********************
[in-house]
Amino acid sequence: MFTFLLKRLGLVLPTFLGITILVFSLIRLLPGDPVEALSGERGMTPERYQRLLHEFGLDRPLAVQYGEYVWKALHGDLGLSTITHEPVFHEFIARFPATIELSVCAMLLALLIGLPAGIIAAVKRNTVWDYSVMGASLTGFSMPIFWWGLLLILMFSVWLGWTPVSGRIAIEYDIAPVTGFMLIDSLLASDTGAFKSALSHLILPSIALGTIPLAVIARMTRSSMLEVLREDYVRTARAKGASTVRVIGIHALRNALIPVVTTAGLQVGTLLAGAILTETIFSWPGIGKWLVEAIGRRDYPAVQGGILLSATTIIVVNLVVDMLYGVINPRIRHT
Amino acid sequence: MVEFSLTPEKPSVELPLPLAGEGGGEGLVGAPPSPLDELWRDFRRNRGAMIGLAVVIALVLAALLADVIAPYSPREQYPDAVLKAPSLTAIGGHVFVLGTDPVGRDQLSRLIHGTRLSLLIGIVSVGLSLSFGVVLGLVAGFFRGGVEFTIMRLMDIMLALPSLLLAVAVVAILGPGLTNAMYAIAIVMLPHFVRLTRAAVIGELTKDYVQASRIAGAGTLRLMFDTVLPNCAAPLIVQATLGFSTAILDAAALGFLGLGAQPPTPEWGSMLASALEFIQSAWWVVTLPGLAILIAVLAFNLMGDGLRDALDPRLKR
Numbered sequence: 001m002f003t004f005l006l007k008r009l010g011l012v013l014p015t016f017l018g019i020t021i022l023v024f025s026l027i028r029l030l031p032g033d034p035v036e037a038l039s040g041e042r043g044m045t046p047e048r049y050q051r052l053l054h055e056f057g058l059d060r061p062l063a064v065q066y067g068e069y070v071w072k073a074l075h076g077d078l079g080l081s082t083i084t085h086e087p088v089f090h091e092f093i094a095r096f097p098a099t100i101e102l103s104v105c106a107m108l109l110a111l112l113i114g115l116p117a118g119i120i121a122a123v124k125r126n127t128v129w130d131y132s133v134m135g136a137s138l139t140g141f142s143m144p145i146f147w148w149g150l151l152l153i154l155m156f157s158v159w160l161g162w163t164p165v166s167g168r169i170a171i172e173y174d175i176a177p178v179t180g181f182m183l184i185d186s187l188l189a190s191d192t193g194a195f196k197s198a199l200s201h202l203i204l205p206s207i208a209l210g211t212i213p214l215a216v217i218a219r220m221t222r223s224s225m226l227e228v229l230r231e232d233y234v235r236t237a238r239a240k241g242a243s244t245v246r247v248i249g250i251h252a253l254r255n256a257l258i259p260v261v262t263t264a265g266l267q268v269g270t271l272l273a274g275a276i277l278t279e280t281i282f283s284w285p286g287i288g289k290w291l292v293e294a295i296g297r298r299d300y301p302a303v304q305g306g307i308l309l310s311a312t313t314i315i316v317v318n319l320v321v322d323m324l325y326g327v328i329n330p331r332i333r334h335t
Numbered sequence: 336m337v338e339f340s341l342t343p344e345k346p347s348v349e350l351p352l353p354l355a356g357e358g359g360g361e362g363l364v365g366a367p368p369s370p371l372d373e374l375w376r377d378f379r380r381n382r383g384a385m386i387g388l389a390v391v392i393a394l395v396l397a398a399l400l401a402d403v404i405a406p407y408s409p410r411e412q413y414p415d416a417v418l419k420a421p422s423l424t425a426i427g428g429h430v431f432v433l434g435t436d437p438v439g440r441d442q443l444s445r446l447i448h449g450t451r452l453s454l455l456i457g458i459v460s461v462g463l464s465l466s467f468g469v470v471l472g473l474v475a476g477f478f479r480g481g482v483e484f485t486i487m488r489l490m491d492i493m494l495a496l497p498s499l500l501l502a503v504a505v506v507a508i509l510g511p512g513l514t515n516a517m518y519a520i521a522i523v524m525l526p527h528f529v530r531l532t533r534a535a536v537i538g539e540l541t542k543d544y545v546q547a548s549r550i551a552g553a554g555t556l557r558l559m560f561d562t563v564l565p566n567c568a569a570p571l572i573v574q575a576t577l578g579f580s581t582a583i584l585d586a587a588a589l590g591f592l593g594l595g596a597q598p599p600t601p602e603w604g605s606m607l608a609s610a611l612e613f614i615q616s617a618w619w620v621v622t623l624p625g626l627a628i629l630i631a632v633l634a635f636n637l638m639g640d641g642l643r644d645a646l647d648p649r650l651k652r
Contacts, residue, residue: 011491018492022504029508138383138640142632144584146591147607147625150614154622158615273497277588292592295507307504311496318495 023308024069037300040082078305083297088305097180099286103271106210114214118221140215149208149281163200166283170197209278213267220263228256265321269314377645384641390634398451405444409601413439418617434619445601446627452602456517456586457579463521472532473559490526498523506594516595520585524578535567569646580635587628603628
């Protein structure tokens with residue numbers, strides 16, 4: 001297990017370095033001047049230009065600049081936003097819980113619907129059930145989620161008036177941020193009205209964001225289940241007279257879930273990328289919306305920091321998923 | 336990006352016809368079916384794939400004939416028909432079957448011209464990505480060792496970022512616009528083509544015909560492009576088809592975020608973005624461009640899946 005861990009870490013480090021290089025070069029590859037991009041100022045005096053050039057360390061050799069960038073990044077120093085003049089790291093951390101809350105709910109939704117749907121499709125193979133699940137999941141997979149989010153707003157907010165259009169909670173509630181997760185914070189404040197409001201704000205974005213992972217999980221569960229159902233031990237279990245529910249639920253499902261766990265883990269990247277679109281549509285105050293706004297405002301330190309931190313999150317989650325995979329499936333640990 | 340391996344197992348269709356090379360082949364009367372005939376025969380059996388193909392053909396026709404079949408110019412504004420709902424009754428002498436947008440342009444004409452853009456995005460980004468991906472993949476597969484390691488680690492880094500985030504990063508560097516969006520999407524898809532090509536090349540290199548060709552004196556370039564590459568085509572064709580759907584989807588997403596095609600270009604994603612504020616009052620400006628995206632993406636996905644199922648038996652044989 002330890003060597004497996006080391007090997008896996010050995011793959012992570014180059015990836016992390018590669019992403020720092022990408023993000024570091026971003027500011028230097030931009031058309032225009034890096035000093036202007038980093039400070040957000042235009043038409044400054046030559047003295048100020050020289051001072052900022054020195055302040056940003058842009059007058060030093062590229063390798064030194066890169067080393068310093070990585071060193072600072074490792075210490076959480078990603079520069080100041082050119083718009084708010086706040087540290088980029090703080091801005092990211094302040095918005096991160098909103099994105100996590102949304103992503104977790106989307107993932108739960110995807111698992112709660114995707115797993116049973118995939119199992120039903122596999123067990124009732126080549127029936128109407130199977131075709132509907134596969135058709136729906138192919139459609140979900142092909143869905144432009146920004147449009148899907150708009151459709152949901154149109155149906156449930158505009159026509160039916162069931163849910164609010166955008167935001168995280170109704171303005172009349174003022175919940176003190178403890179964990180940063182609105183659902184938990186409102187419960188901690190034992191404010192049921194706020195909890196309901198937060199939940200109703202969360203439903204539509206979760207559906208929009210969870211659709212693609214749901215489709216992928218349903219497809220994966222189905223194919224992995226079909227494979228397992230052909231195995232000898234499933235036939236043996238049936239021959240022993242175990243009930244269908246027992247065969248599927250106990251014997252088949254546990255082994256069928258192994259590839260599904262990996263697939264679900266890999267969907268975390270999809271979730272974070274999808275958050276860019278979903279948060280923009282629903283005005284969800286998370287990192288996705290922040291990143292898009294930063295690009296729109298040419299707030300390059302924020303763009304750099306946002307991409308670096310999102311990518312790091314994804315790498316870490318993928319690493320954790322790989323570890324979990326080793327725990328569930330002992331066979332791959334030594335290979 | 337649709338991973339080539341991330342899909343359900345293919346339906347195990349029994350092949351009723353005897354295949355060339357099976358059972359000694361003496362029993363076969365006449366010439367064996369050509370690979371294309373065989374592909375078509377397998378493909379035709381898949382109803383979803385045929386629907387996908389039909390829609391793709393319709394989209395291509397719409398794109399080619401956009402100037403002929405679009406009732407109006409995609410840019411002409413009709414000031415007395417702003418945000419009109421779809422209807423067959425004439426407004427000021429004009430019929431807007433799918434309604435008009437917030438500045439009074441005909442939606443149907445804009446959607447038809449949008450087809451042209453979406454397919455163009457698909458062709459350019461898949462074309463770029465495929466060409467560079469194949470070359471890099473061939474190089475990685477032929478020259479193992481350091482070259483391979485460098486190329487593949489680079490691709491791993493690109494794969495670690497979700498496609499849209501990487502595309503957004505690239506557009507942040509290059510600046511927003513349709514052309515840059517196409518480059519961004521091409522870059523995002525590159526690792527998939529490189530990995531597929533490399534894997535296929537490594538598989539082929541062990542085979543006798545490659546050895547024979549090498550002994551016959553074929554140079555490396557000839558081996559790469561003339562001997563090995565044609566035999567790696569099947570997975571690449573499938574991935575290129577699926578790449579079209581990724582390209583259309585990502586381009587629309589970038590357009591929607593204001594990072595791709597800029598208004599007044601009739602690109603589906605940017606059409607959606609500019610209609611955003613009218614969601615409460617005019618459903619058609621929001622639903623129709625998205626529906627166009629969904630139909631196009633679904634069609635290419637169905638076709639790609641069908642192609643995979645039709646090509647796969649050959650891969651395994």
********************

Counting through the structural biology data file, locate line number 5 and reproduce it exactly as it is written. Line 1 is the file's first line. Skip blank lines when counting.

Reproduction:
Numbered sequence: 336m337v338e339f340s341l342t343p344e345k346p347s348v349e350l351p352l353p354l355a356g357e358g359g360g361e362g363l364v365g366a367p368p369s370p371l372d373e374l375w376r377d378f379r380r381n382r383g384a385m386i387g388l389a390v391v392i393a394l395v396l397a398a399l400l401a402d403v404i405a406p407y408s409p410r411e412q413y414p415d416a417v418l419k420a421p422s423l424t425a426i427g428g429h430v431f432v433l434g435t436d437p438v439g440r441d442q443l444s445r446l447i448h449g450t451r452l453s454l455l456i457g458i459v460s461v462g463l464s465l466s467f468g469v470v471l472g473l474v475a476g477f478f479r480g481g482v483e484f485t486i487m488r489l490m491d492i493m494l495a496l497p498s499l500l501l502a503v504a505v506v507a508i509l510g511p512g513l514t515n516a517m518y519a520i521a522i523v524m525l526p527h528f529v530r531l532t533r534a535a536v537i538g539e540l541t542k543d544y545v546q547a548s549r550i551a552g553a554g555t556l557r558l559m560f561d562t563v564l565p566n567c568a569a570p571l572i573v574q575a576t577l578g579f580s581t582a583i584l585d586a587a588a589l590g591f592l593g594l595g596a597q598p599p600t601p602e603w604g605s606m607l608a609s610a611l612e613f614i615q616s617a618w619w620v621v622t623l624p625g626l627a628i629l630i631a632v633l634a635f636n637l638m639g640d641g642l643r644d645a646l647d648p649r650l651k652r